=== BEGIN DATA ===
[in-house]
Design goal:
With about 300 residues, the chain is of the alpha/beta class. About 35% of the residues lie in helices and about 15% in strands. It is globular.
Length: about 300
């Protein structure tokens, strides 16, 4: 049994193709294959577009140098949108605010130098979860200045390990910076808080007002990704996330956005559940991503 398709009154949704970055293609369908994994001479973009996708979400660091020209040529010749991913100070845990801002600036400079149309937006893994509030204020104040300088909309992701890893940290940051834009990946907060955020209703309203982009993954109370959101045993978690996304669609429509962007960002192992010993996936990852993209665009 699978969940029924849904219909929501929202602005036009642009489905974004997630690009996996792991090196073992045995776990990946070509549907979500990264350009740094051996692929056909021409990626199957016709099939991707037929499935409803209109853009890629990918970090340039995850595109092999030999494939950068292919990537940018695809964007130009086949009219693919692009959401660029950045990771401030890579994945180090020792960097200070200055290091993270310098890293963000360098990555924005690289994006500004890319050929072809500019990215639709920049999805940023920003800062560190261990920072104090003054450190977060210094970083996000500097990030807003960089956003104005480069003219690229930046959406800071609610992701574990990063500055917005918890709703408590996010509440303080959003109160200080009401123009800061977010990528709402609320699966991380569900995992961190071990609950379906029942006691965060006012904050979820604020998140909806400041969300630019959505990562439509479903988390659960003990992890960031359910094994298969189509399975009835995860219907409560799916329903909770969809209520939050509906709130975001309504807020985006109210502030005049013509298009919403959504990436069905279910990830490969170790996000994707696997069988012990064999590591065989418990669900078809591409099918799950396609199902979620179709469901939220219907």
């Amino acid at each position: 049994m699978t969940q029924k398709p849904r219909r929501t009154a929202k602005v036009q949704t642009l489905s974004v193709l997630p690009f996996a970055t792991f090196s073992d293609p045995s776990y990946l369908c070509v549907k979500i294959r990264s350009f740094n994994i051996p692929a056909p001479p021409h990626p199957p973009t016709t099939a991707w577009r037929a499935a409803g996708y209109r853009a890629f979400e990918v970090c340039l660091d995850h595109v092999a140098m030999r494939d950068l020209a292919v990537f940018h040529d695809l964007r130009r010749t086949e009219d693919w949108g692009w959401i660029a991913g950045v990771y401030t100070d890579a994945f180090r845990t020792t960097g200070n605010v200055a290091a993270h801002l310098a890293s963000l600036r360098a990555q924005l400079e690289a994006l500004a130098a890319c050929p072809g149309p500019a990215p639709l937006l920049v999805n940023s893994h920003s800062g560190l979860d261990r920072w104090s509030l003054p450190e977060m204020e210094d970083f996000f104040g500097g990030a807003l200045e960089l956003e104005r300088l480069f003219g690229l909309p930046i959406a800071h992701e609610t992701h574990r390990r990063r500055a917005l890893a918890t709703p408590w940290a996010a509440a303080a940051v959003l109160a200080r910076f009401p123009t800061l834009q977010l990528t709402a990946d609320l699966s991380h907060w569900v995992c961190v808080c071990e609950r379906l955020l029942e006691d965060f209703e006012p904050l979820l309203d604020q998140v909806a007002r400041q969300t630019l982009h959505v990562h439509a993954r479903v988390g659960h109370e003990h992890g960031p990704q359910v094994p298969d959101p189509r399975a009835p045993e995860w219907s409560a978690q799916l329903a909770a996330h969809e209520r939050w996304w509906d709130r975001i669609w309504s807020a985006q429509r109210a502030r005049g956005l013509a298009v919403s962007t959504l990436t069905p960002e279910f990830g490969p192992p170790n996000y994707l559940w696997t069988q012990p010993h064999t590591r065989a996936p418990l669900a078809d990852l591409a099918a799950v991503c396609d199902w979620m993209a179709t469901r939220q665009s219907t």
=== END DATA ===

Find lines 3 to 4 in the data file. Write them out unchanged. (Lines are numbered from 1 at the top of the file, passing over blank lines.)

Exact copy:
With about 300 residues, the chain is of the alpha/beta class. About 35% of the residues lie in helices and about 15% in strands. It is globular.
Length: about 300